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when we have people under the circumstances with the knowability of income, you can see people need thele o probably increase the chances for people to be clo to each other and get infected and that is the reason we have seen an increase in positives. we had about 1% of positives of the total spling and now it is in the range of 5.5%. laura:o pueco has a very vexed relationship with the feral government in washington. are you getting all of the aid promised?u have been oh, i'm sorry. we have lost secretary gonza le twho is telling us abo situation on the island where they are going through so much. in other news from around the world, this agreement court justice ruth bader ginsburg says she is being treated for a recurrence of cancer, this time on her liver.
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arthe 87-ld has had cancer four times and other health concerns. she is undergoing chemotherapy but says she can still do her work on the supreme court. if she were to leave her position, it would give president trump a chance to name a third member of the supreme court. effectively banned displays of the confederate battle flag on u.s. bases around the world. in a memo, mark esper said flags flown by theit my must accord with the imperatives of treating what he called all of our people with dignity and respect, and rejecting divisive symbols. president trump siding with those who want the symbols of the confederacy to remain in place. large areas of central and southernhina are experiencing their worst flooding in decades. at least 15 million peoplecuave been evaed. the city of wuhan, the epicenter of the first major outbreak of the conavirus, has been affected. china sees flooding every year but this is far worse than usual. the chinese government has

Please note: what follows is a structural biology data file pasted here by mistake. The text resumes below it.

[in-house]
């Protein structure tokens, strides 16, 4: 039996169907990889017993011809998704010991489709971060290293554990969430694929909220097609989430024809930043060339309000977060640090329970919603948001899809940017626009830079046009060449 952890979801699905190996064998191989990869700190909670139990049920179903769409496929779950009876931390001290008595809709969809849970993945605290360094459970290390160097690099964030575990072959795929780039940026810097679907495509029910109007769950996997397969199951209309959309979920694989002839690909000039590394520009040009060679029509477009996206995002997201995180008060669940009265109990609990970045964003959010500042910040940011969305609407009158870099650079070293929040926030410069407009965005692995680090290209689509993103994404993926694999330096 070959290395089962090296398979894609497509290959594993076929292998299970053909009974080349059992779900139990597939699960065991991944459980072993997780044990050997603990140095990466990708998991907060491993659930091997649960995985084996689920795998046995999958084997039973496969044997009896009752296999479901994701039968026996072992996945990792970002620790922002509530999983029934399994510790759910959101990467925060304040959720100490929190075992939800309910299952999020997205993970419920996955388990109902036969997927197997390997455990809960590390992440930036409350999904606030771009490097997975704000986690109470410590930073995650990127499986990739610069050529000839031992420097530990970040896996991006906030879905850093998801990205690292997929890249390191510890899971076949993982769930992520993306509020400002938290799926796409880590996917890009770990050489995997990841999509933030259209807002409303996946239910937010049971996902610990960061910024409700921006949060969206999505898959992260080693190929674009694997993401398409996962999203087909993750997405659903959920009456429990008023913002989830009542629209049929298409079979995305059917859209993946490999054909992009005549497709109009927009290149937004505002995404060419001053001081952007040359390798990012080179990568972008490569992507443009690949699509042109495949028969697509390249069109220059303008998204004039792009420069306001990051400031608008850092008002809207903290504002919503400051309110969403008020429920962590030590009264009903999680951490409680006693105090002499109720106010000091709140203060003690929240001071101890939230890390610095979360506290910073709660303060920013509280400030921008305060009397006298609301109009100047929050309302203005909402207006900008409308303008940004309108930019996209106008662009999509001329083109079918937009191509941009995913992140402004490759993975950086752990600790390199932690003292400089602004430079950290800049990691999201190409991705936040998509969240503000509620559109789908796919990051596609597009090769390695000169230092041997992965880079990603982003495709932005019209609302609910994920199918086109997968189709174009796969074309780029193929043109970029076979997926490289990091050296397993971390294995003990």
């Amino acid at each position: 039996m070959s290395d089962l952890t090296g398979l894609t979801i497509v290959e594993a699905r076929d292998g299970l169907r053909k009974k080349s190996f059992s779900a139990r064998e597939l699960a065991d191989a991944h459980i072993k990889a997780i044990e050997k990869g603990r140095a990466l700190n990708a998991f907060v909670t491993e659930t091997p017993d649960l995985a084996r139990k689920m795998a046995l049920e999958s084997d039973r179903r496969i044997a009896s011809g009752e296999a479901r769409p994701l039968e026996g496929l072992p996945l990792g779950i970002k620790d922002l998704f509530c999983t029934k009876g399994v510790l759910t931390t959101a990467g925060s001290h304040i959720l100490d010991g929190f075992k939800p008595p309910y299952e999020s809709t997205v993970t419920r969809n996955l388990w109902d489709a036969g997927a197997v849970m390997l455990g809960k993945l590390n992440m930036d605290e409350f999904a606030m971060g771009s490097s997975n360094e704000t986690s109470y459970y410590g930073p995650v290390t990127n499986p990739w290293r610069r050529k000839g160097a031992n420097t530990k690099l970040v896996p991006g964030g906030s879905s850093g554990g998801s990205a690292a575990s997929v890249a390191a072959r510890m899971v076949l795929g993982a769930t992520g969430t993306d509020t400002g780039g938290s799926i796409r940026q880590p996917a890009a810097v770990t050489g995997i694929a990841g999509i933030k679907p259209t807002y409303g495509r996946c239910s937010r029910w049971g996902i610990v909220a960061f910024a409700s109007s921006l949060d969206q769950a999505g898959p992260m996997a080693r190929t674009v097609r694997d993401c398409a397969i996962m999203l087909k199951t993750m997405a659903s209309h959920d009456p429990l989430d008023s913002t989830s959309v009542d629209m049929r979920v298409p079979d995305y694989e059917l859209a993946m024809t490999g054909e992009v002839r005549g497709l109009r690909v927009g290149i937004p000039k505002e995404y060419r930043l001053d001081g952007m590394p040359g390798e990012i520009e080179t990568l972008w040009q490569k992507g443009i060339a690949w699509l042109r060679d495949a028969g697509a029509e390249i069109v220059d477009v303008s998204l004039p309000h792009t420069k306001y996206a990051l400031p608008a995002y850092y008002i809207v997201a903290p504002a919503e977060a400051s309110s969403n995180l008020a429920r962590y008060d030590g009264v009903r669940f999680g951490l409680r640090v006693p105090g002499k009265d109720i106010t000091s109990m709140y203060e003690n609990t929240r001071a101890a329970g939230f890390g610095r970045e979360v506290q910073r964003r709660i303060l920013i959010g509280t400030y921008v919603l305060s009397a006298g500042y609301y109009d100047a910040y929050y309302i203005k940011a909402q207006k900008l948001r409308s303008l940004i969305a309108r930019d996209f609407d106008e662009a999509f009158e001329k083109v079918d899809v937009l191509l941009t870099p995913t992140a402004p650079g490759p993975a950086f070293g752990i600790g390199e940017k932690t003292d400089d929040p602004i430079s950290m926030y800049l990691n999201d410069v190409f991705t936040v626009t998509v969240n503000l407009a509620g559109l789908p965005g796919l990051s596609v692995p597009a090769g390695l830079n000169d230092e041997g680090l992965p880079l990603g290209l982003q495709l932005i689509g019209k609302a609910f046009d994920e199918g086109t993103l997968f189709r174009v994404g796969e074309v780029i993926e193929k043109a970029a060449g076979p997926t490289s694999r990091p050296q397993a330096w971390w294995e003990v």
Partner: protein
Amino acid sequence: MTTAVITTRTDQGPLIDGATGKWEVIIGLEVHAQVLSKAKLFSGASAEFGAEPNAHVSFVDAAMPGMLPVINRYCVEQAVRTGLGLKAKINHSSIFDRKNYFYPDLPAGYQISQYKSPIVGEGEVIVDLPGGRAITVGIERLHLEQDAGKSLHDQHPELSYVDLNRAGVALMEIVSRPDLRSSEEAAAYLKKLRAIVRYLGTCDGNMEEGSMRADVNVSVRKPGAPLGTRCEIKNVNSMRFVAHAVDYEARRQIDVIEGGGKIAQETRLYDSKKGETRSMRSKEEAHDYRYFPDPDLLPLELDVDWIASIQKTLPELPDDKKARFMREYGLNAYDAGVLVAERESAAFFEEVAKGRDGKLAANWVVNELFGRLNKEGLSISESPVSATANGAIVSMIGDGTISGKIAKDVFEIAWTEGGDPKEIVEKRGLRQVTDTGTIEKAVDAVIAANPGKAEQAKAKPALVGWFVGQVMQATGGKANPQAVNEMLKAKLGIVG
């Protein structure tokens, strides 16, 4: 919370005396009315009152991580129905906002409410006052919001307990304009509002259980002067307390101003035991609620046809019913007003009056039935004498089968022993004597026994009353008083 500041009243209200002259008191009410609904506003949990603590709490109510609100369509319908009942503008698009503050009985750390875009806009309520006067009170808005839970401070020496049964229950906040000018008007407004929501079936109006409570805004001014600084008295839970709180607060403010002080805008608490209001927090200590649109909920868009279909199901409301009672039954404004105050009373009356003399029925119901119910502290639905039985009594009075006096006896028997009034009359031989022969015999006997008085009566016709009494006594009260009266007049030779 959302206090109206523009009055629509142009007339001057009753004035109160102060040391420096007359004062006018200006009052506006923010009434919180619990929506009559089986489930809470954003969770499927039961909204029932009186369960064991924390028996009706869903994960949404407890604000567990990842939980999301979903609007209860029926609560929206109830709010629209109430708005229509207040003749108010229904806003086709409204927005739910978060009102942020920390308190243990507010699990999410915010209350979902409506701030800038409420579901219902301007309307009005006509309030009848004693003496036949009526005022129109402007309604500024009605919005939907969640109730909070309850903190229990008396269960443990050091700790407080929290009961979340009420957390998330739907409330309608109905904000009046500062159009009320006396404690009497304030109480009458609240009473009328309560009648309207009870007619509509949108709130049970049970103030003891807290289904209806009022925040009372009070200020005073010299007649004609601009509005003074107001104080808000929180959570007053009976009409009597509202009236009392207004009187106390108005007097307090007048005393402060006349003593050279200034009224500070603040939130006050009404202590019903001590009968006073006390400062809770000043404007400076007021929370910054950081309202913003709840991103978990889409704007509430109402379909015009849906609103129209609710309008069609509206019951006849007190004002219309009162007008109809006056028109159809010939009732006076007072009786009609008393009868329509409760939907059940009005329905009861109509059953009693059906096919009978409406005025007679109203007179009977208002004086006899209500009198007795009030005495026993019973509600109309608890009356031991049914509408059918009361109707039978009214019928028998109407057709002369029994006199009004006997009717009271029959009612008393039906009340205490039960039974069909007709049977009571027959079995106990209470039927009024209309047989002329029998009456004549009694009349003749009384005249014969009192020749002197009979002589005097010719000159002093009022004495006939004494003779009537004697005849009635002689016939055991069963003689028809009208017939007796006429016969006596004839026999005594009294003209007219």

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canceled hundreds of flights into and out of the capital llowing the discovery of six coronavirus cases in the city. authorities are imposing widespre restrictions on ople's movements. around half of the population is made up of ethnic uighurs who complain of oppression by the ruling communist party. byou are watching world news america. still to come on tonit's program, thousands of miles from amoscow, protesinst president putin after a governor is charged with murder. the leader of the 27 eu countries met face-to-face that in brussels for the first time since the pandemic again. gavin lee s s more is what stake in this summit. gavin:an there are complications in this summit. thef sizee recovery fund at the back of it.
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the coronavirus pandemic. the budget, the next seven years of funding. all of the european countries means leaders have to put more money into the coffers, more fr their pockets but getting into that building behind me. it is the first time leaders have set around the table together. they came in 50 shades of different masks and colors and zes. when they did sit down together, it is the first time they've had people in a room. usually these rooms have about 500 people in them, angela merkel choosing to be here on her birthday. the importance of trying to sort out this collective fund to get the economy back going again. ♪ laura: large protest are w expected thikend in the far east of russia in support of the local governor who was arrested on murde charges and fled to
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moscow. the city has seen a week of unprecedented presentations against president putin. steve rosenberg traveled 4000 miles east of moscow to find out what's going on. steve: it is the largest dilay of discontent h theyave seen in modern times. the protests have continued all week. russians taking to the streets to show solidarity with the governor they hadislected. is hhat happened to. he w arrested by police and flown in from moscow. been charged withvement in has multiple murders dating back 15 years. he's behind bars now in the capital. rin tsian far east, many believe this is about the kremlin trying to sink a potential rival. itans fueling suspicion of